I sit on the bench — always the same one.  Not because it has to be, but because I learned a long time ago that I can concentrate better if I always sit at the same place.  But it isn’t MY bench, or OUR bench, it’s just the place we sit when it’s available — and it ususally is.

Earlier this week, I had spoken to my neighbor about the three children coming to Sunday School.  They were very interested, and it was because of their interest that I had them over on Thursday night.  I felt like I needed to know them a little better, have somewhat of a relationship with them before “setting sail” on a Sunday morning.  Most of my interaction has been with their Mom, and because of her willingness to give life details, I have felt like I knew these children somewhat — even though I hadn’t really had much personal time with them.

On Thursday night, we had about two and a half hours together.  We played games, baked cookies and I read to them.  They were hungry for hugs, very responsive to suggestions, and NOISY.  And BUSY.  And HUNGRY.  And so incredibly precious.  And they really, really wanted to go to Sunday School.

So we made arrangements to pick them up.  This morning, while I finished last minute Sunday morning things, Certain Man went down the road to retrieve the children.  While he was gone, I started to think about what big mess we were into now.  And I thought again about this man I married — and his willingness to be inconvenienced for Jesus’ sake.  Especially when it comes to children.  There are a great many men out there who would be disgruntled, peevish or would even forbid the kinds of involvement that we often find ourselves in.  But he has almost never been anything but supportive, encouraging, and affirming.  I really do have a husband who is one in a million.

So he cheerfully went off, retrieved the three kids and came back home to load up ladies and his scatterbrained wife and we got to church on time (for a change!).

Sunday school went well.  I continue to love teaching this class — which today included two of the three we had brought along.  I was pretty sure that class would be okay — there is plenty of activity, moving around, things to occupy heads and hands and no one is too quiet, at least in the basement class where we meet.  But then Sunday School was over, and the church family that meets at the corner of Canterbury and Carpenter Bridge Roads does not have any separate provision for children during the sermon.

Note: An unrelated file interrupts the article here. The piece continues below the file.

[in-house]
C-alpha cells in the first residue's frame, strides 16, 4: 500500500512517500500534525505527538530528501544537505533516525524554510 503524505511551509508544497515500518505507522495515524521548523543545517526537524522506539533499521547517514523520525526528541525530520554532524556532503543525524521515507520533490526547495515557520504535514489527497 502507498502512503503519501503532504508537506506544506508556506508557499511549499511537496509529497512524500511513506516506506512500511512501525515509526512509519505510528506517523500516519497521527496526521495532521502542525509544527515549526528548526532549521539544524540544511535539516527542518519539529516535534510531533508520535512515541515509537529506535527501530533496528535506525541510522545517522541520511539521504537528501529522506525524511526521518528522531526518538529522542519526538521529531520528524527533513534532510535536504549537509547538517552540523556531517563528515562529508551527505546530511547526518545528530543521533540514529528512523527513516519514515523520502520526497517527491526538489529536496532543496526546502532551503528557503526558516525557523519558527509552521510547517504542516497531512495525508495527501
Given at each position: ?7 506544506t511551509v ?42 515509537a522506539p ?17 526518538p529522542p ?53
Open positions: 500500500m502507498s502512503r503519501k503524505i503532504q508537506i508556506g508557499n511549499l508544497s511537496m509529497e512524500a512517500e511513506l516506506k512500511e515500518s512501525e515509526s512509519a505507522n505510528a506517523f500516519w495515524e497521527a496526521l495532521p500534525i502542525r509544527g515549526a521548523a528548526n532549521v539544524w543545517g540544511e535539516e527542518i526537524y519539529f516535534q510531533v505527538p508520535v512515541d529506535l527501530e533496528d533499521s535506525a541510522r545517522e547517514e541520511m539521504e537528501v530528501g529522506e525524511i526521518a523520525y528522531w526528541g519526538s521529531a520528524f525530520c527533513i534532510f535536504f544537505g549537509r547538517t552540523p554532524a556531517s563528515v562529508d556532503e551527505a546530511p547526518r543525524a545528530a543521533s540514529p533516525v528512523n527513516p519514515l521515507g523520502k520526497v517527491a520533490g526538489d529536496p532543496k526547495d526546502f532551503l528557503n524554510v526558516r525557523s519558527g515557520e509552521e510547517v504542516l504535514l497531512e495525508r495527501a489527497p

So here we all were, on the bench, and Certain Man was bringing the message.  I got out my Bible and notebook so I could take notes, as is my custom.  I love these Sunday morning times and have a strong commitment to not only staying awake, but listening carefully enough so as to have some insights to carry with me.  Except that this morning, there was no spare time for taking notes.  I watched distractedly while there were stickers and notebooks and markings and whisperings and thumpings and munchings on anything that was remotely edible.  From the standpoint of having extra children in the church, it was wonderful.  It was an answer to my prayers.  It was so exciting.

But there was something else going on in my heart.  It has been many a year since I have had a row of children that I was more or less responsible for.  And all through the sermon, there was a conflict waging in the battlefield of my soul.   You see, I have come to enjoy my quiet bench.  I like just “blending in” and having the freedom to think and pray and take notes and just be my own (selfish) self.  This bench was a radical difference.  And I am all for settling kids down and teaching them proper church manners and how to behave, but I also know these things take time.  And the issue cannot be forced.  Too often children have been made to conform to certain standards of behavior so that a church is satisfied, and the result has been temporary acceptability, but a damaged concept of what it is that God really wants of them.

And so I look at the faces of these kids, and realize that so much more is being caught than taught right now.  And if I am going to be frustrated and impatient and even resentful, they are certainly going to catch that.  So what do I do with this dilemma?